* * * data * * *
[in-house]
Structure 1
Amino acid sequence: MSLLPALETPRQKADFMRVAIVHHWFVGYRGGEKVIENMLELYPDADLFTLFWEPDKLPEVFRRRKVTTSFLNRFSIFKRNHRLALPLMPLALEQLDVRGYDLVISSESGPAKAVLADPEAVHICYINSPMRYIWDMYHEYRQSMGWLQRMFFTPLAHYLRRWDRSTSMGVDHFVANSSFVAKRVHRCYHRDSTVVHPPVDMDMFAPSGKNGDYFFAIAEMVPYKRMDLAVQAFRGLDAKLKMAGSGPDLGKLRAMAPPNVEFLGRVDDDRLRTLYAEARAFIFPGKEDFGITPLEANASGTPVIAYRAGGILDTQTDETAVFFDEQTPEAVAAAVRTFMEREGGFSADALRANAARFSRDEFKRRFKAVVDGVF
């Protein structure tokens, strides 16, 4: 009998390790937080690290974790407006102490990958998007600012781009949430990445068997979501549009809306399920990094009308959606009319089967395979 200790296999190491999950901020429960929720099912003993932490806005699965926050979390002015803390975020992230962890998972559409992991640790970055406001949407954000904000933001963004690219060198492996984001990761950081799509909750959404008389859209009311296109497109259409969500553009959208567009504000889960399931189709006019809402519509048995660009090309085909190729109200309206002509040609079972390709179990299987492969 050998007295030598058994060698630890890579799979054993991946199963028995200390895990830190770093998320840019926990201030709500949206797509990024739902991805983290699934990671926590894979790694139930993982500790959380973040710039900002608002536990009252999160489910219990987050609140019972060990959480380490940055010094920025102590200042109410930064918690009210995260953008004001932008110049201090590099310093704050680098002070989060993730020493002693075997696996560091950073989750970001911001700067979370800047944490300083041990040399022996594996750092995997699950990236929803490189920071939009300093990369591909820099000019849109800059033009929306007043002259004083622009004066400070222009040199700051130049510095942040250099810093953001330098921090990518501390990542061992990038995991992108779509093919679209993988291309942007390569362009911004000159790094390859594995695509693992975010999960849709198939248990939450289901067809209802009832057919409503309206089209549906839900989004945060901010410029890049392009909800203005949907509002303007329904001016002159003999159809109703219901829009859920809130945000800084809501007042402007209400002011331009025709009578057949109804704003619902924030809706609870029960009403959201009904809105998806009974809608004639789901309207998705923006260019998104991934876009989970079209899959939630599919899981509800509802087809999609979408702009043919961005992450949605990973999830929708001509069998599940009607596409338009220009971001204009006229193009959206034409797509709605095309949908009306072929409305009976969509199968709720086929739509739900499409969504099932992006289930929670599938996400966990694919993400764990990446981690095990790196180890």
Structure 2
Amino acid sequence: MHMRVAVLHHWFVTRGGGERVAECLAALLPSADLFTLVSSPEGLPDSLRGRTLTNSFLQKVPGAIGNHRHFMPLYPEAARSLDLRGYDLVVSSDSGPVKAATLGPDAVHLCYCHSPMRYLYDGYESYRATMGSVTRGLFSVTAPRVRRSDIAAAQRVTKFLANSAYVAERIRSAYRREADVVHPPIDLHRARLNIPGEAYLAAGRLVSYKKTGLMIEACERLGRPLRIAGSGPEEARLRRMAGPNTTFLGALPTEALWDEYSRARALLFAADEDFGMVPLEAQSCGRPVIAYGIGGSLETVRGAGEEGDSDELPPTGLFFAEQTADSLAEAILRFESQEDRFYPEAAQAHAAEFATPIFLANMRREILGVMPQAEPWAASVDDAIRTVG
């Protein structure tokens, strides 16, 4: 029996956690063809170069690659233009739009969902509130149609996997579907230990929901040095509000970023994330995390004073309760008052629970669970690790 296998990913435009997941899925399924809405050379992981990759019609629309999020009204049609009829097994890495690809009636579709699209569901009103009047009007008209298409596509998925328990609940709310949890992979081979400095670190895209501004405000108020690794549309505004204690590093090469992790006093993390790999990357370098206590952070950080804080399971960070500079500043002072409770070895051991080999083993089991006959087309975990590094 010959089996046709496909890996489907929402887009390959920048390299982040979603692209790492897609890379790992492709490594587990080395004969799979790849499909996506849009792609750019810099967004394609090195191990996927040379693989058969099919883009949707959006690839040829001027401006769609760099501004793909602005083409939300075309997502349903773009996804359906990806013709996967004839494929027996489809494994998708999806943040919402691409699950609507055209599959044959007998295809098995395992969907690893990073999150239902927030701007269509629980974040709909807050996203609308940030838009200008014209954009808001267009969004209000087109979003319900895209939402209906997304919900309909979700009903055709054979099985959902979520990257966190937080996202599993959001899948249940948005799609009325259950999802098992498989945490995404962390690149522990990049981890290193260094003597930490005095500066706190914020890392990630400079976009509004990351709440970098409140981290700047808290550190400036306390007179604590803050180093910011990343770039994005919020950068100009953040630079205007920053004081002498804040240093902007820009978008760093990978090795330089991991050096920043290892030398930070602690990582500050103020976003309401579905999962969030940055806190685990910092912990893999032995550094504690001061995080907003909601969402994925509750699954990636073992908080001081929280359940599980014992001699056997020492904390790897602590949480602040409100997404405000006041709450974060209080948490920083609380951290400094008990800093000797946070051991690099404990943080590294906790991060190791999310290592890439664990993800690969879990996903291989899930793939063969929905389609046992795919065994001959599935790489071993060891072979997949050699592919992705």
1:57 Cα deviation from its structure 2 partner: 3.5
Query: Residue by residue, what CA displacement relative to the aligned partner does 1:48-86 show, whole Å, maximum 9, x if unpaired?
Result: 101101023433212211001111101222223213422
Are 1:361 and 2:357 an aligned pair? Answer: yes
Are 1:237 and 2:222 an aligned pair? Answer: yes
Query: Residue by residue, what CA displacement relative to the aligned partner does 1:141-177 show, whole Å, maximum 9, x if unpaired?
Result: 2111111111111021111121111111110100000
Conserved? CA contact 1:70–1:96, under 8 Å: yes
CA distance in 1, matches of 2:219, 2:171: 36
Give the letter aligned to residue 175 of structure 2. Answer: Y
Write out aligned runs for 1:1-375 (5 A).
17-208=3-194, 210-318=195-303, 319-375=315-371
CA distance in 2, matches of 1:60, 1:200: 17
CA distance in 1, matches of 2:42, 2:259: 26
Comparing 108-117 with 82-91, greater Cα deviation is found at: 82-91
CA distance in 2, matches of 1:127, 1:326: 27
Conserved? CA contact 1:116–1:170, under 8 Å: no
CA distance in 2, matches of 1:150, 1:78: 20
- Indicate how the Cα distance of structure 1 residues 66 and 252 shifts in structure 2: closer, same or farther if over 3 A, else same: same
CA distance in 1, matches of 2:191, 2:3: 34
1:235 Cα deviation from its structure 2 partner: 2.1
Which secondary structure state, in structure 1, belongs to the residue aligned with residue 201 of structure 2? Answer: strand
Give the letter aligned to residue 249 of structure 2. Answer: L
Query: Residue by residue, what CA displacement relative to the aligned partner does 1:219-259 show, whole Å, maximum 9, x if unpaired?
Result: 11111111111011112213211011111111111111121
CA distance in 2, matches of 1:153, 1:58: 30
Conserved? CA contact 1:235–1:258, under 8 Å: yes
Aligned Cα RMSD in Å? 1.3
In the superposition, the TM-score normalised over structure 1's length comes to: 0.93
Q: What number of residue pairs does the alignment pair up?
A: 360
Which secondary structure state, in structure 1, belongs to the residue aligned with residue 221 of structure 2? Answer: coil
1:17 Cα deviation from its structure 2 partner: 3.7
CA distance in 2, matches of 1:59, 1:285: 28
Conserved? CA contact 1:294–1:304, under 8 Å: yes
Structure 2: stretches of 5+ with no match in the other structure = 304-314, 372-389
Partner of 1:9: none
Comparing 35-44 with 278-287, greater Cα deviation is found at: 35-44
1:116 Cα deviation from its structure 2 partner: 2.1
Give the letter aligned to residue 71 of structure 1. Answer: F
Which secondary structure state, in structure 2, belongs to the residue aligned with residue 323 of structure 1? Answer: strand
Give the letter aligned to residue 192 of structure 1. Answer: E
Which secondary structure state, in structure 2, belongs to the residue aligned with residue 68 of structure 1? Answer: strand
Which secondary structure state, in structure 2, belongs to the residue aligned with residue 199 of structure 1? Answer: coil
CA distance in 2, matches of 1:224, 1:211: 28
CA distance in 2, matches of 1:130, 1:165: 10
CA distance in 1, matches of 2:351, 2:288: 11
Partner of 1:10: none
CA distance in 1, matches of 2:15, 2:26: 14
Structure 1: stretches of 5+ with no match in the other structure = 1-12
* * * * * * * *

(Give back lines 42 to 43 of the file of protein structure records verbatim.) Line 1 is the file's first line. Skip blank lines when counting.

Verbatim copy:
Conserved? CA contact 1:294–1:304, under 8 Å: yes
Structure 2: stretches of 5+ with no match in the other structure = 304-314, 372-389